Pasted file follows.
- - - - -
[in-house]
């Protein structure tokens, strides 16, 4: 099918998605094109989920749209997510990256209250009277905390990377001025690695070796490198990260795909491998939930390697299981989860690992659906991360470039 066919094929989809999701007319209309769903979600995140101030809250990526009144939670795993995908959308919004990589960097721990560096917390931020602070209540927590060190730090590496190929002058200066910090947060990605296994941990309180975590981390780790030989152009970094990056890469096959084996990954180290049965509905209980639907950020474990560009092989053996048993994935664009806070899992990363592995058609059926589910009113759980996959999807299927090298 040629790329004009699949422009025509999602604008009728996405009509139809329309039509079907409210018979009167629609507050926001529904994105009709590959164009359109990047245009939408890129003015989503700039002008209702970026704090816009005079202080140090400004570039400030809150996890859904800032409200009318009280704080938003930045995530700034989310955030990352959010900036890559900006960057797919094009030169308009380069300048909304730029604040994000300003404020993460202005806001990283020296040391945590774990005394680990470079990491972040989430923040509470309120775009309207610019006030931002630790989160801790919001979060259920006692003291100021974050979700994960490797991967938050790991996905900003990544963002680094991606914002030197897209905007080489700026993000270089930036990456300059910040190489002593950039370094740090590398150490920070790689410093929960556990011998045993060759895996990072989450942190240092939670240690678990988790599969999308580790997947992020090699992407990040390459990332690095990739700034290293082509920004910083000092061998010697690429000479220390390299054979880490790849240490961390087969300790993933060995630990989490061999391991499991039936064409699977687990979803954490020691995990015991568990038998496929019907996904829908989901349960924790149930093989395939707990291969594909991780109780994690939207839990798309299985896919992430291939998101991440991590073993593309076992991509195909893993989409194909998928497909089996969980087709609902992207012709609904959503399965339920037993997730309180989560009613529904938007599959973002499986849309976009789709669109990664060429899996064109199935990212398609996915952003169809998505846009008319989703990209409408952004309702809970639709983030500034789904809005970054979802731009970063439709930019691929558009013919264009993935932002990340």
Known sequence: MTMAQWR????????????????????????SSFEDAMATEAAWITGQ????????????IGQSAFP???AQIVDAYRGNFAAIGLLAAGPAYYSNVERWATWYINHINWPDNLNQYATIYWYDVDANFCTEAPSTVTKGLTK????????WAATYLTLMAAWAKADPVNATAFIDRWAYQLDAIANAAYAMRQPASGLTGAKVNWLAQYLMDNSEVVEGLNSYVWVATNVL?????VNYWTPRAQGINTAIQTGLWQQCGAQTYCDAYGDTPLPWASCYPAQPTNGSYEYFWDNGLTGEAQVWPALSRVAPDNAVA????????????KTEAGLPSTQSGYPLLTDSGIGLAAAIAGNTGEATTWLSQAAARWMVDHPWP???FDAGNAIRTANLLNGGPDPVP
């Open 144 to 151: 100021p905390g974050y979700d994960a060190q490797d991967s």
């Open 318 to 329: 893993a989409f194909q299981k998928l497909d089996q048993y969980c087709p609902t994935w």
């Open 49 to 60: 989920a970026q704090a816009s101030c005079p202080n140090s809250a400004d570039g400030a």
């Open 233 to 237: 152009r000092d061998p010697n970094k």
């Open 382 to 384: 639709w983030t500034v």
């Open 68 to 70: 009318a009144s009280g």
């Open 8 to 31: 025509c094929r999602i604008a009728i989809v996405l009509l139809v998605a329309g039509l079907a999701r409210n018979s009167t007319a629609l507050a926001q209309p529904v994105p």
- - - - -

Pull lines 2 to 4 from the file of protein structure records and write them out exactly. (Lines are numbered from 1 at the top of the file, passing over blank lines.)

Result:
């Protein structure tokens, strides 16, 4: 099918998605094109989920749209997510990256209250009277905390990377001025690695070796490198990260795909491998939930390697299981989860690992659906991360470039 066919094929989809999701007319209309769903979600995140101030809250990526009144939670795993995908959308919004990589960097721990560096917390931020602070209540927590060190730090590496190929002058200066910090947060990605296994941990309180975590981390780790030989152009970094990056890469096959084996990954180290049965509905209980639907950020474990560009092989053996048993994935664009806070899992990363592995058609059926589910009113759980996959999807299927090298 040629790329004009699949422009025509999602604008009728996405009509139809329309039509079907409210018979009167629609507050926001529904994105009709590959164009359109990047245009939408890129003015989503700039002008209702970026704090816009005079202080140090400004570039400030809150996890859904800032409200009318009280704080938003930045995530700034989310955030990352959010900036890559900006960057797919094009030169308009380069300048909304730029604040994000300003404020993460202005806001990283020296040391945590774990005394680990470079990491972040989430923040509470309120775009309207610019006030931002630790989160801790919001979060259920006692003291100021974050979700994960490797991967938050790991996905900003990544963002680094991606914002030197897209905007080489700026993000270089930036990456300059910040190489002593950039370094740090590398150490920070790689410093929960556990011998045993060759895996990072989450942190240092939670240690678990988790599969999308580790997947992020090699992407990040390459990332690095990739700034290293082509920004910083000092061998010697690429000479220390390299054979880490790849240490961390087969300790993933060995630990989490061999391991499991039936064409699977687990979803954490020691995990015991568990038998496929019907996904829908989901349960924790149930093989395939707990291969594909991780109780994690939207839990798309299985896919992430291939998101991440991590073993593309076992991509195909893993989409194909998928497909089996969980087709609902992207012709609904959503399965339920037993997730309180989560009613529904938007599959973002499986849309976009789709669109990664060429899996064109199935990212398609996915952003169809998505846009008319989703990209409408952004309702809970639709983030500034789904809005970054979802731009970063439709930019691929558009013919264009993935932002990340």
Known sequence: MTMAQWR????????????????????????SSFEDAMATEAAWITGQ????????????IGQSAFP???AQIVDAYRGNFAAIGLLAAGPAYYSNVERWATWYINHINWPDNLNQYATIYWYDVDANFCTEAPSTVTKGLTK????????WAATYLTLMAAWAKADPVNATAFIDRWAYQLDAIANAAYAMRQPASGLTGAKVNWLAQYLMDNSEVVEGLNSYVWVATNVL?????VNYWTPRAQGINTAIQTGLWQQCGAQTYCDAYGDTPLPWASCYPAQPTNGSYEYFWDNGLTGEAQVWPALSRVAPDNAVA????????????KTEAGLPSTQSGYPLLTDSGIGLAAAIAGNTGEATTWLSQAAARWMVDHPWP???FDAGNAIRTANLLNGGPDPVP
């Open 144 to 151: 100021p905390g974050y979700d994960a060190q490797d991967s």